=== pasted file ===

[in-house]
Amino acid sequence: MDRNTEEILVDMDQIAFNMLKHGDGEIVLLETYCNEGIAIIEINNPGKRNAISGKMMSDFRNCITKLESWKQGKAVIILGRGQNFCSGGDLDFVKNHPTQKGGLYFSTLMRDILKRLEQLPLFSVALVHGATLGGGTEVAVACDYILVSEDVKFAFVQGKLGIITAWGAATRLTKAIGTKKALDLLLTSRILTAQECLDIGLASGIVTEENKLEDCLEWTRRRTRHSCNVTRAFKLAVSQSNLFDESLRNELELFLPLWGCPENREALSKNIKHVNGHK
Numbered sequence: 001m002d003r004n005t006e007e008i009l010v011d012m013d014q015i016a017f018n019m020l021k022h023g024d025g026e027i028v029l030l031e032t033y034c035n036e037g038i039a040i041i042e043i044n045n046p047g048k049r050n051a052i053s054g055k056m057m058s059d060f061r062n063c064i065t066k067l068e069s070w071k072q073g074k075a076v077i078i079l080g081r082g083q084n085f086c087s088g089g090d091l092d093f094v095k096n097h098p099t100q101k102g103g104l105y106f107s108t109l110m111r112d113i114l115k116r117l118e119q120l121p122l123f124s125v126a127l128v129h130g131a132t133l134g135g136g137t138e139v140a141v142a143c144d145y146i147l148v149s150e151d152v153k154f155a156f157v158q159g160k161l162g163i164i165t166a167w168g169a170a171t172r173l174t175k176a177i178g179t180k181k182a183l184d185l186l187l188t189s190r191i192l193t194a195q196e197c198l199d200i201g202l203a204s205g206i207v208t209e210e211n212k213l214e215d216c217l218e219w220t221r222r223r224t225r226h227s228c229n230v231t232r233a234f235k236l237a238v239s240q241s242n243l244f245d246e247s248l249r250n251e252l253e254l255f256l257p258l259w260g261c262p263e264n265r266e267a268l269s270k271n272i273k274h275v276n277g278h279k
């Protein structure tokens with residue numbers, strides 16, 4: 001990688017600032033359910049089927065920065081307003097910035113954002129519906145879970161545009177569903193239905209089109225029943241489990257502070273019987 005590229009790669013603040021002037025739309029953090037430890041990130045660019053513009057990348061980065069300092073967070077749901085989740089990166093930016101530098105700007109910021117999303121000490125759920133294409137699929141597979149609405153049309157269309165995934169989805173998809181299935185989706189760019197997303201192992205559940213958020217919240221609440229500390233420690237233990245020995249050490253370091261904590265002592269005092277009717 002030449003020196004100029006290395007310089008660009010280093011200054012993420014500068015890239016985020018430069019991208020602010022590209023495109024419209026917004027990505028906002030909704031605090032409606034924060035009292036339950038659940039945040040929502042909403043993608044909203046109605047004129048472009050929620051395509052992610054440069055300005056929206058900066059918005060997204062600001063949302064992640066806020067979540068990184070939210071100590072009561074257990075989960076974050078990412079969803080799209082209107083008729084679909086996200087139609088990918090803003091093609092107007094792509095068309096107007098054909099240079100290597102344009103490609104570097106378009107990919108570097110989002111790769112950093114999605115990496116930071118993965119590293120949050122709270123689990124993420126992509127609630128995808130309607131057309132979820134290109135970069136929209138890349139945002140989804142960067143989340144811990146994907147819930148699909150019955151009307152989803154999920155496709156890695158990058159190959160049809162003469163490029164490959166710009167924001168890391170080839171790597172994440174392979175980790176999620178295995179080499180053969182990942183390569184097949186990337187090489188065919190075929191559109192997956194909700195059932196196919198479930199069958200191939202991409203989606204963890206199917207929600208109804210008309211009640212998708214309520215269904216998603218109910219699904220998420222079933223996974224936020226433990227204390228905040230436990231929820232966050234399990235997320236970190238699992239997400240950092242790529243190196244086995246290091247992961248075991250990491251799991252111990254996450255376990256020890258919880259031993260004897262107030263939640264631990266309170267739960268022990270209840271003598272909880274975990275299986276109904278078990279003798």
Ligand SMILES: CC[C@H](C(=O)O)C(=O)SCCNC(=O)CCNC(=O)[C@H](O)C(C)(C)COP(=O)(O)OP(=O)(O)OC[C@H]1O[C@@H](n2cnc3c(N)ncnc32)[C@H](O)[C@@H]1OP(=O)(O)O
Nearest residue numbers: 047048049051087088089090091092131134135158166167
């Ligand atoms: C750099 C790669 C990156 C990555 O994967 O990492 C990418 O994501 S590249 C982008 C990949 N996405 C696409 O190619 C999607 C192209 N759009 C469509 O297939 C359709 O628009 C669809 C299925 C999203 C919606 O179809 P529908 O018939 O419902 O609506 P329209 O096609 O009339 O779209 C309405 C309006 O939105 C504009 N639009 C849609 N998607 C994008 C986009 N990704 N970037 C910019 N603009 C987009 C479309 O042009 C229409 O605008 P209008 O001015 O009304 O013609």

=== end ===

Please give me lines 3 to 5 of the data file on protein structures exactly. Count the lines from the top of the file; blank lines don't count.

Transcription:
Numbered sequence: 001m002d003r004n005t006e007e008i009l010v011d012m013d014q015i016a017f018n019m020l021k022h023g024d025g026e027i028v029l030l031e032t033y034c035n036e037g038i039a040i041i042e043i044n045n046p047g048k049r050n051a052i053s054g055k056m057m058s059d060f061r062n063c064i065t066k067l068e069s070w071k072q073g074k075a076v077i078i079l080g081r082g083q084n085f086c087s088g089g090d091l092d093f094v095k096n097h098p099t100q101k102g103g104l105y106f107s108t109l110m111r112d113i114l115k116r117l118e119q120l121p122l123f124s125v126a127l128v129h130g131a132t133l134g135g136g137t138e139v140a141v142a143c144d145y146i147l148v149s150e151d152v153k154f155a156f157v158q159g160k161l162g163i164i165t166a167w168g169a170a171t172r173l174t175k176a177i178g179t180k181k182a183l184d185l186l187l188t189s190r191i192l193t194a195q196e197c198l199d200i201g202l203a204s205g206i207v208t209e210e211n212k213l214e215d216c217l218e219w220t221r222r223r224t225r226h227s228c229n230v231t232r233a234f235k236l237a238v239s240q241s242n243l244f245d246e247s248l249r250n251e252l253e254l255f256l257p258l259w260g261c262p263e264n265r266e267a268l269s270k271n272i273k274h275v276n277g278h279k
């Protein structure tokens with residue numbers, strides 16, 4: 001990688017600032033359910049089927065920065081307003097910035113954002129519906145879970161545009177569903193239905209089109225029943241489990257502070273019987 005590229009790669013603040021002037025739309029953090037430890041990130045660019053513009057990348061980065069300092073967070077749901085989740089990166093930016101530098105700007109910021117999303121000490125759920133294409137699929141597979149609405153049309157269309165995934169989805173998809181299935185989706189760019197997303201192992205559940213958020217919240221609440229500390233420690237233990245020995249050490253370091261904590265002592269005092277009717 002030449003020196004100029006290395007310089008660009010280093011200054012993420014500068015890239016985020018430069019991208020602010022590209023495109024419209026917004027990505028906002030909704031605090032409606034924060035009292036339950038659940039945040040929502042909403043993608044909203046109605047004129048472009050929620051395509052992610054440069055300005056929206058900066059918005060997204062600001063949302064992640066806020067979540068990184070939210071100590072009561074257990075989960076974050078990412079969803080799209082209107083008729084679909086996200087139609088990918090803003091093609092107007094792509095068309096107007098054909099240079100290597102344009103490609104570097106378009107990919108570097110989002111790769112950093114999605115990496116930071118993965119590293120949050122709270123689990124993420126992509127609630128995808130309607131057309132979820134290109135970069136929209138890349139945002140989804142960067143989340144811990146994907147819930148699909150019955151009307152989803154999920155496709156890695158990058159190959160049809162003469163490029164490959166710009167924001168890391170080839171790597172994440174392979175980790176999620178295995179080499180053969182990942183390569184097949186990337187090489188065919190075929191559109192997956194909700195059932196196919198479930199069958200191939202991409203989606204963890206199917207929600208109804210008309211009640212998708214309520215269904216998603218109910219699904220998420222079933223996974224936020226433990227204390228905040230436990231929820232966050234399990235997320236970190238699992239997400240950092242790529243190196244086995246290091247992961248075991250990491251799991252111990254996450255376990256020890258919880259031993260004897262107030263939640264631990266309170267739960268022990270209840271003598272909880274975990275299986276109904278078990279003798």
Ligand SMILES: CC[C@H](C(=O)O)C(=O)SCCNC(=O)CCNC(=O)[C@H](O)C(C)(C)COP(=O)(O)OP(=O)(O)OC[C@H]1O[C@@H](n2cnc3c(N)ncnc32)[C@H](O)[C@@H]1OP(=O)(O)O